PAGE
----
Sharing the grief

November 28, 2014 in News

Dr John Connolly, founder secretary of the Irish Association of Suicidology, was guest speaker in the famous old Galway bookshop Charlie Byrnes where the owner Charlie Byrne (pictured on the right) had invited Brendan McManus SJ to sign copies of his book Redemption Road: Greiving on the Camino. Margaret Tierney of Console also spoke, thanking Jesuits for donating the proceeds of the book to the charity.

Despite a pea-souper of a fog, psychiatrist Dr Connolly drove the sixty miles from his home and practice in Pontoon, Co Mayo to address the issue of suicide, and he praisied the contribution made by Brendan McManus SJ in helping those affected by it. He said that Brendan, in describing his own personal process of healing from the deep pain of his brother’s suicide, had set out a template that others could choose to follow.

He stressed that every person is affected by the death of a loved one by suicide in their own unique way and there was never a ‘one size fits all’ solution for the process of grieving and healing that people go through. Even the famous five stages of loss (denial, anger, bargaining, despair, resolution) are never followed sequentially and people go in an out of all or some of the stages many times, he said. Nonetheless it was important to have the shared experience of others who speak about their pain and recovery truthfully as Brendan had done in his book and he said he had no doubt but that it would help those who read it.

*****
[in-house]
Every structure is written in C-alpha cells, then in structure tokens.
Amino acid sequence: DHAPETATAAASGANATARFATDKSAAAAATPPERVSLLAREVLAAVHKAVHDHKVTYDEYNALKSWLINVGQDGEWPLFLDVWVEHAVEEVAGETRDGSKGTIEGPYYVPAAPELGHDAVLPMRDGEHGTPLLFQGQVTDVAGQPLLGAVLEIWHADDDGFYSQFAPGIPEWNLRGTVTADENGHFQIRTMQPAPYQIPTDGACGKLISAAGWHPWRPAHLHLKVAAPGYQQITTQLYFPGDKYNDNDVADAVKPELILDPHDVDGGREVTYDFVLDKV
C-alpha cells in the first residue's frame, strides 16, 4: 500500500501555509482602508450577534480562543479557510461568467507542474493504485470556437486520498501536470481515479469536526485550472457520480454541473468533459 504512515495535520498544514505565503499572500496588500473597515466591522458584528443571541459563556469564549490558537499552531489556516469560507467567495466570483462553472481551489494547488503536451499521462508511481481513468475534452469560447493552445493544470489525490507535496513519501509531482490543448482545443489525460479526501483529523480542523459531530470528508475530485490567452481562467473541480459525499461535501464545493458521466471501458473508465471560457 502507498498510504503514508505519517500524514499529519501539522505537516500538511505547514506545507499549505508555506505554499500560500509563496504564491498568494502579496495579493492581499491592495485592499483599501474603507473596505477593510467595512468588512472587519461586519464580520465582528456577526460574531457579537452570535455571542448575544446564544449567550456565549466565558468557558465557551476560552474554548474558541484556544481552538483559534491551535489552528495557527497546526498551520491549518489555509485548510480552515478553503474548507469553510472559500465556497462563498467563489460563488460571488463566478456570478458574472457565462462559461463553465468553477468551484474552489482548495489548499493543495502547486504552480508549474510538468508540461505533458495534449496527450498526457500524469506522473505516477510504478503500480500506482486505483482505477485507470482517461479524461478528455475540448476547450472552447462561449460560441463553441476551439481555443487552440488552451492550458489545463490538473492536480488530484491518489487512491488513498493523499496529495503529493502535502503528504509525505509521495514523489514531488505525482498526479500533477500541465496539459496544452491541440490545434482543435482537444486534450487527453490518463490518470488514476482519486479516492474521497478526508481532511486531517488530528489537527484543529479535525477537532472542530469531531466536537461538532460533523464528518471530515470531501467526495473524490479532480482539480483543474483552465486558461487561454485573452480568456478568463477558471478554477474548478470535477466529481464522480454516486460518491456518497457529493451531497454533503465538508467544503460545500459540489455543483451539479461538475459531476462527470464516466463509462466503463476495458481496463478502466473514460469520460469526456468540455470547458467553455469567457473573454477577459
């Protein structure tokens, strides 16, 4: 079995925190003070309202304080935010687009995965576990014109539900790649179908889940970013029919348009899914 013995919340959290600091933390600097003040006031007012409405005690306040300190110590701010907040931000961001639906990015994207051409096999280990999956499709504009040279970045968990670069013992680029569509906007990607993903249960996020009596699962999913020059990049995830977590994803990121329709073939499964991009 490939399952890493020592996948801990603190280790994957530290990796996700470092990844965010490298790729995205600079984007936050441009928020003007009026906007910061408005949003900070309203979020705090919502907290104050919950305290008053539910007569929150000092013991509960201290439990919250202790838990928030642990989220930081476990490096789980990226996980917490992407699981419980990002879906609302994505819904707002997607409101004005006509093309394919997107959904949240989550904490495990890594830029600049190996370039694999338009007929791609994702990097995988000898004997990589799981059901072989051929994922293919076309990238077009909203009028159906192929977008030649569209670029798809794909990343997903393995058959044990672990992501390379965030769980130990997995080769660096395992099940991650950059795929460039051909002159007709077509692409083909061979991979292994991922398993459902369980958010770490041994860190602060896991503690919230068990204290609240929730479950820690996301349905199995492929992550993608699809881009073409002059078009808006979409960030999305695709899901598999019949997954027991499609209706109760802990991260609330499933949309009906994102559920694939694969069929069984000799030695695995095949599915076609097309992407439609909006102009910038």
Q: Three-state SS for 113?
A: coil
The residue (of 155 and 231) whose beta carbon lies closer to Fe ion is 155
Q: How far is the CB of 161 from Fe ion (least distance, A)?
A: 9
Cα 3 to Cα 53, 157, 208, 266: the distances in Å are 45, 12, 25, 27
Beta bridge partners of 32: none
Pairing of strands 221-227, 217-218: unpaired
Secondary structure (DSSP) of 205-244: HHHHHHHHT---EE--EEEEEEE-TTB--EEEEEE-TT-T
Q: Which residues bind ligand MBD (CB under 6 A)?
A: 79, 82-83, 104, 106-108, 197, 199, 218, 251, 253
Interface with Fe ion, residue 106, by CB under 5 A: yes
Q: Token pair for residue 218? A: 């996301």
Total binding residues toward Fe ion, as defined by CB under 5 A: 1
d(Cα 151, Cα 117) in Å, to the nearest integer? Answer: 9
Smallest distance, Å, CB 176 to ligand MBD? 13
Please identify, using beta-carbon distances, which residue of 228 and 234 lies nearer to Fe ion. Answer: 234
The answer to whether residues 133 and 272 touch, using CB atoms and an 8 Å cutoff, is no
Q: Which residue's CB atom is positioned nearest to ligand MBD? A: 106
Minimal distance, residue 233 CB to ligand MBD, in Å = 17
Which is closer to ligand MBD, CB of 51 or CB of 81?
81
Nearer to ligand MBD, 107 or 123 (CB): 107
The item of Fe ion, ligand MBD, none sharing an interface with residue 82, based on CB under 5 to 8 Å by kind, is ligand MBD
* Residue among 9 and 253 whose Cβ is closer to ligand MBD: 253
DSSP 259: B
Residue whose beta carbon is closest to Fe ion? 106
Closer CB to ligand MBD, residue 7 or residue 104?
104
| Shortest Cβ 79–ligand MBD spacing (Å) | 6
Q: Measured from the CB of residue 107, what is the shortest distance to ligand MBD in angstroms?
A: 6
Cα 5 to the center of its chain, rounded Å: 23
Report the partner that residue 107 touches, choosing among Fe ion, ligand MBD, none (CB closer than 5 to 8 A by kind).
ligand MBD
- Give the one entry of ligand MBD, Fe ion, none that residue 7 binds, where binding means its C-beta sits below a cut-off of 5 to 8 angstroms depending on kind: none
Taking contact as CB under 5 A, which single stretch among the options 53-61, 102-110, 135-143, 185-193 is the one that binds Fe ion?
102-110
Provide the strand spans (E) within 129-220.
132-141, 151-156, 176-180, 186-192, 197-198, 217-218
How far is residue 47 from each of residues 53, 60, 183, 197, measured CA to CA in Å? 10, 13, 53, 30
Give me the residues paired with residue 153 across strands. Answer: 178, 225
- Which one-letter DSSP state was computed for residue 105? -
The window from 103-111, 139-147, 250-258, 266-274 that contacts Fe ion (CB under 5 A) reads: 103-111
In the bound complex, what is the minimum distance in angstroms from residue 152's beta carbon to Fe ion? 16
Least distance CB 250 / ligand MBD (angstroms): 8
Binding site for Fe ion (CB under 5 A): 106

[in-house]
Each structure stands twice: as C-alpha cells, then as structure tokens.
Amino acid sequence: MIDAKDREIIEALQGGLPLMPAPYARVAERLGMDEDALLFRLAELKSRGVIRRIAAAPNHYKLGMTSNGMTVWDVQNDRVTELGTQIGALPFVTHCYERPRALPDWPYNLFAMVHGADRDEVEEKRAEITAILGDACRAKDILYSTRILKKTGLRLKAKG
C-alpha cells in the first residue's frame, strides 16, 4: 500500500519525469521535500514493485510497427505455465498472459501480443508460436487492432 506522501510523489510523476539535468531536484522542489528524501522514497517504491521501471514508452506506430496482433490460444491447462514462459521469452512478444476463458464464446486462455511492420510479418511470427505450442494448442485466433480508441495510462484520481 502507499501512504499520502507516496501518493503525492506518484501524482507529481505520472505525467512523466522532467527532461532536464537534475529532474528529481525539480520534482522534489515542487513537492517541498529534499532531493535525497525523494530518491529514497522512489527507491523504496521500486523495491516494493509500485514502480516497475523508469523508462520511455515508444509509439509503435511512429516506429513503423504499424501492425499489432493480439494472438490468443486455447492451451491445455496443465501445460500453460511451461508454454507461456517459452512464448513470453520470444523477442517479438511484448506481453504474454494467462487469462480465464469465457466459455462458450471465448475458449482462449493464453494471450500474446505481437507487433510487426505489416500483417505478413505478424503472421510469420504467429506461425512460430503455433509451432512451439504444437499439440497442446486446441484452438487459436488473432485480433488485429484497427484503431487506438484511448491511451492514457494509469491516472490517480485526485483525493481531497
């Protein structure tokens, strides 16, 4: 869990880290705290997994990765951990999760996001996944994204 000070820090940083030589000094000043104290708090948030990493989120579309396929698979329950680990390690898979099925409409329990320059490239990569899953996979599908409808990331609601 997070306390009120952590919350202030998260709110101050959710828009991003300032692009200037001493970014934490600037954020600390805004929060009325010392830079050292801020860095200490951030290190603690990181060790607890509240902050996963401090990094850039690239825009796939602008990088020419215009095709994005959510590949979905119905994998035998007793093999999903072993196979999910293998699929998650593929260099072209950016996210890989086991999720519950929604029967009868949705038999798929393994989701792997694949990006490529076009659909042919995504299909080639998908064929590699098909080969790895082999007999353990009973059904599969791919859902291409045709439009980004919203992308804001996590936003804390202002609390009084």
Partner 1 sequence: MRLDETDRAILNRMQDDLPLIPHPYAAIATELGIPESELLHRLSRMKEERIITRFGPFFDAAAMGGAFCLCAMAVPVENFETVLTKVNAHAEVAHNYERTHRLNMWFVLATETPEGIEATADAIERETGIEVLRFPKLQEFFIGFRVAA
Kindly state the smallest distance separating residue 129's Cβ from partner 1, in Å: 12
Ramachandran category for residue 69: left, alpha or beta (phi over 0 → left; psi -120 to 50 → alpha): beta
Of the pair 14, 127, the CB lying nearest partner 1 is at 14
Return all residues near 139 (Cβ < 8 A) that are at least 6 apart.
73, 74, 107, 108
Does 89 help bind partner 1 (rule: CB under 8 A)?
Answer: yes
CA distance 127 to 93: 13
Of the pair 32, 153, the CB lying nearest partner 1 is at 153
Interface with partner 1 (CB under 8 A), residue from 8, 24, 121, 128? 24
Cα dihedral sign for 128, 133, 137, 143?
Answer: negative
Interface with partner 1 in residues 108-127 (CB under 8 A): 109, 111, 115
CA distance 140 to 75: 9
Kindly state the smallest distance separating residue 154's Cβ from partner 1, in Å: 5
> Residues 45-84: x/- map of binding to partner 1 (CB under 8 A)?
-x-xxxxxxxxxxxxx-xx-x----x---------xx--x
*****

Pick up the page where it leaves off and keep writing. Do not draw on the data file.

Margaret Tierney of Console, the charity which helps families bereaved through suicide, said the publicity that Brendan’s book had given Console was invaluable. Brendan had highlighted in the book the help he received from them as a member and had recommended the organisation to those seeking a safe place to share their grief and be understood. And thanking the Jesuits for donating the proceeds of the book to Console, she outlined some of the projects they were developing with the help of such funding, including a social media venture to alert young people at risk to the fact that there is hope and help available for them.